In the centuries of reflection, theology, and storytelling that have followed this original accounting, these three are often regarded as angels…and perhaps something more.
Abraham—bowing low before them—seems to intuitively recognize this something more, and invites them to a meal and a rest. He does not join them in the meal but observes them eating from afar, standing “under a tree.” A place at God’s table is still too much to imagine.
Abraham and Sarah seem to see the Holy One in the presence of the three, and their first instinct is one of invitation and hospitality—to create a space of food and drink for them. In this post-civilizational world where original participation has been lost, we have humanity still unidirectionally feeding God; it’s taking some time to make this experience mutual again.
“Surely, we ourselves are not invited to this divine table,” they (and we) presume.
This unique and multifaceted story inspired an equally unique and multifaceted piece of devotional religious art entitled The Hospitality of Abraham—also called, simply The Trinity.
I believe all genuine art is sacred. Self-consciously ‘religious’ art is often trying too hard and descends into cheap sentiment. But the particular form of artistic expression The Trinity belongs to—the icon—attempts to point beyond itself, inviting in its viewers a sense of both the beyond and the communion that exists in our midst.
I didn’t grow up with icons, being a good Protestant lad. But ever since my friend Carl McColman introduced me to this icon at The Monastery of the Holy Spirit in the early 2000s, I’ve carried a portable representation of it in my bag—aka ‘man purse’—giving it room to breathe on nightstands when I travel. (By the way, Carl has a new book releasing: Eternal Heart. You’ll want to take, and read.)
More recently I was gifted a pendant version of Rublev’s Trinity, of Greek or Russian Orthodox vintage, by a dear friend who had in turn received it from a mutual friend. When I co-officiated my mom’s funeral last week, I wore an all-black suit ensemble but decided to forego the traditional Western tie, instead wearing this pendant. Resting just above my heart, it served as a tangible reminder of God’s fellowship in the midst of our pain, a moveable feast in our most arid seasons.
In a perplexing passage that I’ll let you read for yourself if you’re so inclined, Jesus tells his apprentices that if they eat his flesh and drink his blood, they will live nourished by his life, just as he lives by the life of his Abba. Later in this same Gospel, Jesus completes the circuit, breathing Holy Breath into his apprentices, and saying that their presence will in turn nourish the world through the ages.
My Divine Dance collaborator Richard Rohr insists that there’s a touch of glue present in Rublev’s original Trinity icon, still on display in the Tretyakov gallery in Moscow — and that this glue held a mirror! Because Blessed Trinity doesn’t eat alone: we’re all invited to feast, digest, and in turn become food ourselves.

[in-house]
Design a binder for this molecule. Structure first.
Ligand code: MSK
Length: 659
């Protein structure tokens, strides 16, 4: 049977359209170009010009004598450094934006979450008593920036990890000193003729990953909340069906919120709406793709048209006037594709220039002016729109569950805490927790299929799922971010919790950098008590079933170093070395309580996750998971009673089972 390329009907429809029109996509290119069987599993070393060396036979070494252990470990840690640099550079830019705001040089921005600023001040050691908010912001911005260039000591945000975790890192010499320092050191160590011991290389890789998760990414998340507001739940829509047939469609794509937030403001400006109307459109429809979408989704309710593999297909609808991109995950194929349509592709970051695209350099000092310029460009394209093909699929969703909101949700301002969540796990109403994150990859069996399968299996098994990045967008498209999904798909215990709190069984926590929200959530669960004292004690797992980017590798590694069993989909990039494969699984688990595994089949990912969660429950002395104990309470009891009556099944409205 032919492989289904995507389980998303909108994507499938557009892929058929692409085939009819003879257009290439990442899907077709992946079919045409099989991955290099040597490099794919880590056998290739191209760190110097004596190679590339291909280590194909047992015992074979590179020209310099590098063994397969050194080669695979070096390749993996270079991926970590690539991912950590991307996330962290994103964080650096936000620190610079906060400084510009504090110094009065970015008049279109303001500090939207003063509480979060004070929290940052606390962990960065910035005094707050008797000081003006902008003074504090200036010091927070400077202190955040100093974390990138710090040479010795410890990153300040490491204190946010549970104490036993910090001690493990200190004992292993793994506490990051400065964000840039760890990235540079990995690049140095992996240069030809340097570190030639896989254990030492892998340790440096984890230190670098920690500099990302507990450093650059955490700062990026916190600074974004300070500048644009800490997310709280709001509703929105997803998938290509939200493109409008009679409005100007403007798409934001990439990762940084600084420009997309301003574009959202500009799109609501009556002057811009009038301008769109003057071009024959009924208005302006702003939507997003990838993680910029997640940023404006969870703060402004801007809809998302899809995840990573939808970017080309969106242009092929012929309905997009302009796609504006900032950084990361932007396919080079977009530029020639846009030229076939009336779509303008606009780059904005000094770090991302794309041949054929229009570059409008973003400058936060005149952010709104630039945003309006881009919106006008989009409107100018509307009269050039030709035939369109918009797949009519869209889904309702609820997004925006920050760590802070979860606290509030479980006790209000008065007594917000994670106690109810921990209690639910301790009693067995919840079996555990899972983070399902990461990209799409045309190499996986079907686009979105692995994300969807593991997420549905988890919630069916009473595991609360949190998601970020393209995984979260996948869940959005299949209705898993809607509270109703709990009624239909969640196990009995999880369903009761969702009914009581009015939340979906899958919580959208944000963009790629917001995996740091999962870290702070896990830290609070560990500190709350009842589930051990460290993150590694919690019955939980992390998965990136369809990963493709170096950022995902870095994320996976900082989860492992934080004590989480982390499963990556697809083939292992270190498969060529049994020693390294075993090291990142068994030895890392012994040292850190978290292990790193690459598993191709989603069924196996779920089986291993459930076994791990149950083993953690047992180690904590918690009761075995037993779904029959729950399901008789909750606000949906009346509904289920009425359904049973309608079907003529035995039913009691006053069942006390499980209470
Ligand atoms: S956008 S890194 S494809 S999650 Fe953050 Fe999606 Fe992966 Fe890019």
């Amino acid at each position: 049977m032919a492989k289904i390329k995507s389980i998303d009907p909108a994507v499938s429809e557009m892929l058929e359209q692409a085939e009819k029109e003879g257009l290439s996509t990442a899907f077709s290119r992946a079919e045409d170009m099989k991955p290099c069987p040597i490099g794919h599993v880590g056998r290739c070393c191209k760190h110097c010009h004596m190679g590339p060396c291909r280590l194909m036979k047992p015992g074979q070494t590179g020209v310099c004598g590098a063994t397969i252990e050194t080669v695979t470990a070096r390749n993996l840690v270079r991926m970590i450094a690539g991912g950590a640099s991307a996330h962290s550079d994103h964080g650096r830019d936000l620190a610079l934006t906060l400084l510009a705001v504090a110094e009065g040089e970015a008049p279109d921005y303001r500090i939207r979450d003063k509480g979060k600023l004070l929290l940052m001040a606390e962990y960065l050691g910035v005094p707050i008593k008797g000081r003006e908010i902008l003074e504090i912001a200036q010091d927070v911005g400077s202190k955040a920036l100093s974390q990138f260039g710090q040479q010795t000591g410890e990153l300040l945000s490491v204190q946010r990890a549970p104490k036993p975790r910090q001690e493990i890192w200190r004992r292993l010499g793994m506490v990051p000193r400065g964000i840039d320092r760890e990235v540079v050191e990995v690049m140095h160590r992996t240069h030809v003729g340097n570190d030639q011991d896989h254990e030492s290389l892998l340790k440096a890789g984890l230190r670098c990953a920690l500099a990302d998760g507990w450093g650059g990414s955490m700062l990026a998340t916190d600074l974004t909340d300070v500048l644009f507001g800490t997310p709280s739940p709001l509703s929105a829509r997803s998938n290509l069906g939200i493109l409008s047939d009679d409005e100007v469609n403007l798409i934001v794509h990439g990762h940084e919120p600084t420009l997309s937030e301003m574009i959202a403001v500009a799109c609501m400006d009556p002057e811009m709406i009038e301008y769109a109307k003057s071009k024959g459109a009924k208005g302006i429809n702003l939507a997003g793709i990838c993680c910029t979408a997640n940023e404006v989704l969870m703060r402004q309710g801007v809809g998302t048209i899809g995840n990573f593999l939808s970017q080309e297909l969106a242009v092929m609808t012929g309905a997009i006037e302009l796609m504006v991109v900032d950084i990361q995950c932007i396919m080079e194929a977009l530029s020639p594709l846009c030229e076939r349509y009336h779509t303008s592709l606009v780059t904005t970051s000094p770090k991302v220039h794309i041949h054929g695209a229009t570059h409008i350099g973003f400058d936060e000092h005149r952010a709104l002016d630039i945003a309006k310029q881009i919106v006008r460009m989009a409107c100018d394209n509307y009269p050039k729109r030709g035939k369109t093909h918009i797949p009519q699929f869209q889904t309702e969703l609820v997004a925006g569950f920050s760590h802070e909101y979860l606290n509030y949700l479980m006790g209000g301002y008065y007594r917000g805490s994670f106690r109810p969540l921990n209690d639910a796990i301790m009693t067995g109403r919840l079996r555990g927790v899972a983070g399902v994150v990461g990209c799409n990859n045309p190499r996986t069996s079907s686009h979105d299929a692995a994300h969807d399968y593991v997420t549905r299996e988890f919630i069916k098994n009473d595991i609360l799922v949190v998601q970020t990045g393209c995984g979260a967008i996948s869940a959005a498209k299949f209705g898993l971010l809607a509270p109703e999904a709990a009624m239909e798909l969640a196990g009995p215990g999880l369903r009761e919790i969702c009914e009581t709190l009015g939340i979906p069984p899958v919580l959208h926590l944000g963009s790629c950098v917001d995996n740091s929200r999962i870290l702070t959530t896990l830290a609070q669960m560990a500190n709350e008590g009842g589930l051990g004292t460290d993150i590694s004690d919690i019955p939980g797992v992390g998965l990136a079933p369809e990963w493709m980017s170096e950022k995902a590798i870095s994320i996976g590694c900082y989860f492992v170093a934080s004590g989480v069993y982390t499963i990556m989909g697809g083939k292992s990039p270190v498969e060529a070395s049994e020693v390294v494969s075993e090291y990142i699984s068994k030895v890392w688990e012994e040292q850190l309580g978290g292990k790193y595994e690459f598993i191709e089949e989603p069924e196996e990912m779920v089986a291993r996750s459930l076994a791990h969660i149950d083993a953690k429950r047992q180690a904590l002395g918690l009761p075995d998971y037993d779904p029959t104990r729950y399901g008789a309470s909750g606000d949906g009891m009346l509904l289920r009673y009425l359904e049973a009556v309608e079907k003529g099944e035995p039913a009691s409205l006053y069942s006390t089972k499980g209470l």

The 20th century esoteric teacher Gurdjieff held this process at the core of his rigorous training for the transformation of consciousness: He called it reciprocal feeding, the means by which we take in food, air, and impressions. If we do this consciously, we transform these various elements within ourselves to not only nourish ourselves, but the entire cosmos, up and down the Ray of Creation.
It’s in this way, taken beyond literally, that I think today’s Feast of the Trinity can lead us back to original participation. It’s a way that caregiver, contemplative, priest and professor Henri Nouwen exclaimed in refreshingly frank terms:
“Isn’t ‘tasting’ the best word to express the experience of intimacy? Don’t lovers in their ecstatic moments experience their love as a desire to eat and drink each other? That is the most intimate expression of our deepest desire to give ourselves to each other.”
This same intimacy, perhaps uncomfortable for some of us, is surely rooted in Jesus’ unsettling words from John chapter 6 named above. This invitation is amplified even more evocatively in the extra-canonical Gospel of Thomas:
“Jesus said, ‘Whoever drinks from my mouth will become like me; I myself shall become that person, and the hidden things will be revealed to them.’” (Logion 108)
A Clockwork Orange author Anthony Burgess enters this conversation in a way that I’ve always found darkly humorous, in the pages of The Wanting Seed:
“‘But if you eat this chap who’s God,’ said Llewelyn stoutly, ‘how can it be horrible? If it’s all right to eat God, why is it horrible to eat Jim Whittle?’
‘Because,’ said Dymphna reasonably, ‘if you eat God there’s always plenty left. You can’t eat up God because God just goes on and on and on and God can’t ever be finished. You silly clot,’ she added and then went on cutting holly leaves.”
God gives of Godself. It is the nature of God to be a giver, withholding nothing. And as Chef Capon says, this Trinitarian feast is a resilient spread, even in the face of its most rascally table guests.
Jesus, our maître d’, invites us all to God’s table. He forbears our brokenness so that we can do the same—for ourselves and, finally, for one another. He knows, as only the mind of God can, that what we refer to as evil is really goodness tortured by its own hunger and thirst, goodness that has not been able to experience being received and given back.